WASHINGTON Well, I love the things he says to his son about responsibility and taking care of his family. “Mr. Rand don’t give me my money because he like me. He give it to me because he owe me.” In my own life, I had a male teacher who was trying to teach me things that I didn’t believe — how you should treat women and things like that — but I knew better. But Cory doesn’t know better.
DAVIS They’re all trying to find this reason to matter, a place in the world. When I look at Fences, with Cory needing a connection with his father, Troy, his disconnect from his father to me is even more relevant in his life than not making it to the football league. That is a theme in all of Wilson’s plays, the need to matter.
That’s insightful. Denzel, this is your third time directing after Antwone Fisher and The Great Debaters. What is it about certain material that makes you say that it’s not enough to perform it, you must also direct?
WASHINGTON Nothing. I never said I must also direct it. Someone always asks me. It’s never been my desire. [Producer] Scott Rudin brought me August Wilson’s screenplay seven or eight years ago. And he said: “What do you want to do? Do you want to direct it? Do you want to produce it? Do you want act in it?” And I said, “Well, let me read it first.” So when I read it, I said, “No, I want to do the play.” And then it took another seven years of being a chicken.
At one point, Rose tells Troy, “You are a womanless man.” It’s almost like a curse. What does that mean to Troy? Because he’s pretty shaken up when she says it.
DAVIS Rose in that moment, first of all, is just definitely telling him it’s over. That’s what we do when we break up. We try to hurt. And it’s hard for me to say consciously that Rose was trying to hurt.
WASHINGTON Yeah, for me it meant standing there for another 20 seconds hearing, when we were doing the play, jeering. And I’m like, “Turn the lights up, please.”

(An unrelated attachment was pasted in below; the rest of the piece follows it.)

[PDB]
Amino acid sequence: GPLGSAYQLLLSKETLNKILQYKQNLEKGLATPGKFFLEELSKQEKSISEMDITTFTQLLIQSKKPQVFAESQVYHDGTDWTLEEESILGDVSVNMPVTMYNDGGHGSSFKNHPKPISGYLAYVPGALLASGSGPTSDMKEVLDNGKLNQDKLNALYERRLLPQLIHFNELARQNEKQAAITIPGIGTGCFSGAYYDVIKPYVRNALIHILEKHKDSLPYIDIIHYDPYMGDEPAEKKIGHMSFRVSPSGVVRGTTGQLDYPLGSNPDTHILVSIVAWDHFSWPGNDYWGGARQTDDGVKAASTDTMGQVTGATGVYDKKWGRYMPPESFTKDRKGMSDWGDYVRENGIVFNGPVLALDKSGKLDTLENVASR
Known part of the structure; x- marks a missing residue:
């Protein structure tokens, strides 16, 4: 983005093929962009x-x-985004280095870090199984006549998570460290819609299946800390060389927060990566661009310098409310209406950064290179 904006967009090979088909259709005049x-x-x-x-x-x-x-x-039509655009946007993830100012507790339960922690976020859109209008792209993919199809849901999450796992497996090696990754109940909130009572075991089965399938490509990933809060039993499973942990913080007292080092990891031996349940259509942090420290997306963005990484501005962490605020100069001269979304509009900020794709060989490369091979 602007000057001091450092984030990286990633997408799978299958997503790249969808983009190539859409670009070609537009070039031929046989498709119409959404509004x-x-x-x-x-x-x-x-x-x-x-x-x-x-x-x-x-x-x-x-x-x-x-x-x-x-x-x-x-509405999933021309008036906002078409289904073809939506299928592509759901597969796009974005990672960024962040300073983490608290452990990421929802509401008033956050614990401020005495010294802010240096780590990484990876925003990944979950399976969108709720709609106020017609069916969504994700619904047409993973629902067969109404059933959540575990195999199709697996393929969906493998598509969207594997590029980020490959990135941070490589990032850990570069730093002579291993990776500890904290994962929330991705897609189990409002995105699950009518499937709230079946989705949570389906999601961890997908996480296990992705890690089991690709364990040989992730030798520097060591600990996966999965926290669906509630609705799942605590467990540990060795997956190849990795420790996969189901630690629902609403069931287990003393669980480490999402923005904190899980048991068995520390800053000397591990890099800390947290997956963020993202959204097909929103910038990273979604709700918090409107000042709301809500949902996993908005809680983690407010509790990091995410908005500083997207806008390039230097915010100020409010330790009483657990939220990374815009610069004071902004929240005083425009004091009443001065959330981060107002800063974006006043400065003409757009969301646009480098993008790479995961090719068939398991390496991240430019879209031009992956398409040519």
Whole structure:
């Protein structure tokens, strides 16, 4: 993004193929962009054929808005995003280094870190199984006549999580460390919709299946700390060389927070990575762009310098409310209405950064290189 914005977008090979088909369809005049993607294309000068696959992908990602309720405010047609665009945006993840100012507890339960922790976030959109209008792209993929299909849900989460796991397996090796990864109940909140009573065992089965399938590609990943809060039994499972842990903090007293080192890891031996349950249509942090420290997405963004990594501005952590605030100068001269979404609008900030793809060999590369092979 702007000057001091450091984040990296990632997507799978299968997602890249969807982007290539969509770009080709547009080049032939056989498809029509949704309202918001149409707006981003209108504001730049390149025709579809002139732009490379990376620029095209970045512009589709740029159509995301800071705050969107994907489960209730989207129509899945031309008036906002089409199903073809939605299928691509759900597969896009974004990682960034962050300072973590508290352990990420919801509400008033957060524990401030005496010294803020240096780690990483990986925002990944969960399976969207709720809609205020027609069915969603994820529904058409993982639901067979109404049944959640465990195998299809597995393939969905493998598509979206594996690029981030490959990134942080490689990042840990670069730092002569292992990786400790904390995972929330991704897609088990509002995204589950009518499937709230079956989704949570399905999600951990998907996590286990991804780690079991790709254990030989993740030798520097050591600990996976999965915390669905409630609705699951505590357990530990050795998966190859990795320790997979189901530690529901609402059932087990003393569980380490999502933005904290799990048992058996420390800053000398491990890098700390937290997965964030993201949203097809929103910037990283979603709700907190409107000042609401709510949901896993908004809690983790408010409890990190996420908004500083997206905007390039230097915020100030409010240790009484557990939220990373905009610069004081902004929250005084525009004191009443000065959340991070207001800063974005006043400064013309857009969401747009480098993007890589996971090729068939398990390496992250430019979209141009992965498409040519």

You’ve worked repeatedly with certain directors including Spike Lee, Tony Scott and Antoine Fuqua. What did you learn from them that has helped you as a director?
WASHINGTON I didn’t understand how hard their job was until I tried to do it. And then I just stole from them; shots, just ways of working, preparation. Sidney Lumet; I did a movie called Power in 1985, and Sidney stood the whole screenplay up on its feet like a play. That’s what we did when we rehearsed for a couple of weeks. We stood it up to catch the young folks up but also to give us a sense, to bridge the gap between the play and the movie.
Rose is filled with vitality, intelligence and a surprising amount of optimism, yet she seems to be whatever the men in her life need from her. What drives her?
DAVIS She says it in the end: “That’s what life offered me in the way of being a woman, and I took it.” You’re only as good as your options.
And she deals with Troy’s girl compassionately. That was love raising that child.
DAVIS That is a huge need for a lot of women, even in 2016. You can have the most ambitious career woman, and at the end of the day, she’s like, “I just want to be a mom.” And, by the way, sitting with other mommies is probably the most frightening experience in the entire world. They’re serious into mommy-shaming.
WASHINGTON What is that?
DAVIS Diane Sawyer’s interview with [Columbine killer] Dylan Klebold’s mother was so great because at one point Klebold said, “There’s certain things I didn’t want to see in my son because I didn’t want to admit to myself that I was a bad mother.” You could be a bad actress, you could even be a bad wife, but you cannot be a bad mother. And Rose says, “When that baby came into my life, I saw an opportunity, and I took it.”
Viola, you’ve been directed by Denzel before in Antwone Fisher. Has he changed much as a director?
WASHINGTON Should I leave the room?
DAVIS I see Denzel as an actor’s director, which is very rare, by the way. Usually it’s Alfred Hitchcock telling Tippi Hedren, “When you hear some noise, go up there in that attic even though you know there may be some birds up there that could kill you.” And she’s like, “Well, why would I do that?” “Because I want the shot.” But Denzel understands actors’ language, actors’ insight, just what makes us tick. His other gift is he’s a great teacher. Those stand-ins that came in, the young actors who were stand-ins, he also directed them even to do the play basically.
The very first line is, “Troy, you ought to stop lying.” That tells us right away he’s an unreliable narrator. What were some of the challenges of playing such a deeply flawed and destructive character? Did you go home every night and just hug your family?
WASHINGTON You can’t go into it that way, like, “Oh, he’s flawed.” No, he thinks something is wrong with everybody else. And he only knows to crash into it harder, it will change. That’s what I love about him.
After Rose discovers Troy has betrayed her, she stays with him. Even though the story is set during the 1950s, some contemporary women might have trouble understanding her decision. What can you tell those women?
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SOURCE: The Hollywood Reporter, by Kareem Abdul-Jabbar